The first Wednesday of every month is officially Insecure Writer’s Support Group day, where members can talk about doubts and the fears they’ve conquered as well as struggles and triumphs. Alex also poses an optional question, which gives me a no-brainer topic on which to write. Thanks Alex!
The January 4 Question: What writing rule do you wish you’d never heard?
I wish I’d never heard the rule “write what you know.”
To be honest – I do not even know what this rule means. What defines “what I know”? Who decides “what I know”? How broad or narrow is this definition of “knowledge”?
Writing from only one’s personal experience is limiting and possibly not all that interesting. I’ve spent my career as a lawyer, but believe me, none of the stuff John Grisham writes about ever happened to me. I write about killers, although I, myself, have never committed homicide (yet) nor do I maintain a close acquaintance with any murderers (yet).
My current WIP includes a lawyer, a county sheriff, a reporter, a disabled woman, a homeless man, a mob guy, a realtor, and a child molester. Save lawyer and realtor, I have no personal experience being any of these personas.
I personally have known a county sheriff, a reporter, a disabled woman, a homeless man, a mob guy (he promised me a favor, which I have yet to collect on), and a child molester. But what I “know” about them is questionable – especially the child molester (an insurance agent), and the mob guy, about whom I know enough NOT to call in the favor (unless someone hurts my daughter – make no mistake – I will go to prison for her).
My lack of “knowledge” has not stopped me from mining their stories. Of course I do research on professional requirements, locales, as well as life experiences of different socio-economic groups. But in the end, my writing necessarily reflects my interpretation of that information.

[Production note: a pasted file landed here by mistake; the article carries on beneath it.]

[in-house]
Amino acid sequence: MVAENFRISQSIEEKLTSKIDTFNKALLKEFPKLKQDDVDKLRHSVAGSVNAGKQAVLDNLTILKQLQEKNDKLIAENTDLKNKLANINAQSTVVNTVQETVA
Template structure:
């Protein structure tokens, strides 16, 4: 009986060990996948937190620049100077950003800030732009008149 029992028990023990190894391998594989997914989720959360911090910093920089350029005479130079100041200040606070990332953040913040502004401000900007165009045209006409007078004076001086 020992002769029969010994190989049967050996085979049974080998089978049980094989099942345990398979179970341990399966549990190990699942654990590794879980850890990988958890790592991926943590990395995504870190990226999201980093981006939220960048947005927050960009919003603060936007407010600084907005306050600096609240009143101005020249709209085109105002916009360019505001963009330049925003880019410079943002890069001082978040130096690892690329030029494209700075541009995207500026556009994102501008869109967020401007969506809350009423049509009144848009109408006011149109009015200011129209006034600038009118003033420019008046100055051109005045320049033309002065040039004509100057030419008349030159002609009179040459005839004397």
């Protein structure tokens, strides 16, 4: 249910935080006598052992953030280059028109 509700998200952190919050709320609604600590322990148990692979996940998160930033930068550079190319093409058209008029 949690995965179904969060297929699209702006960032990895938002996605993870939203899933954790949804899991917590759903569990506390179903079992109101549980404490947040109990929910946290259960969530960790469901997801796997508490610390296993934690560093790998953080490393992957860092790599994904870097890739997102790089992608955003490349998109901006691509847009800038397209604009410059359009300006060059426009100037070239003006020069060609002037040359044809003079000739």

Then there’s the whole “diversity” issue. Writers are implored to write with diversity, to include other points of view, experiences, voices outside of their own. But these writers are regularly pilloried because they don’t “get it right” according to another person’s point of view and knowledge. See, i.e. negative Amazon reviews for The Help by Kathryn Stockett.
The worst of it is in television and movie adaptations. Coe hates to watch police and lawyer programs with me because of my constant derision of their unrealistic depictions of those professions and characters (particularly women). I have to bite my tongue to keep from constantly shouting “objection” or remarking on how the evidence from yet another warrantless search will be excluded from trial. Where’s the “write what you know” rule for these ridiculous adaptations. And don’t even get me started on what the script writers did to Jane Rizzoli’s character.
The take away for me? I’ll write whatever I please.
I want to write about well-developed characters doing interesting things in interesting places. I make an effort to research those areas where I don’t or won’t have personal experience. I accept that those characterizations may not speak universal truths about anything. And what I “know” may or may not jive with someone else’s view of reality.
It is, after all, fiction.
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Many thanks to the awesome co-hosts for this month’s blog hop: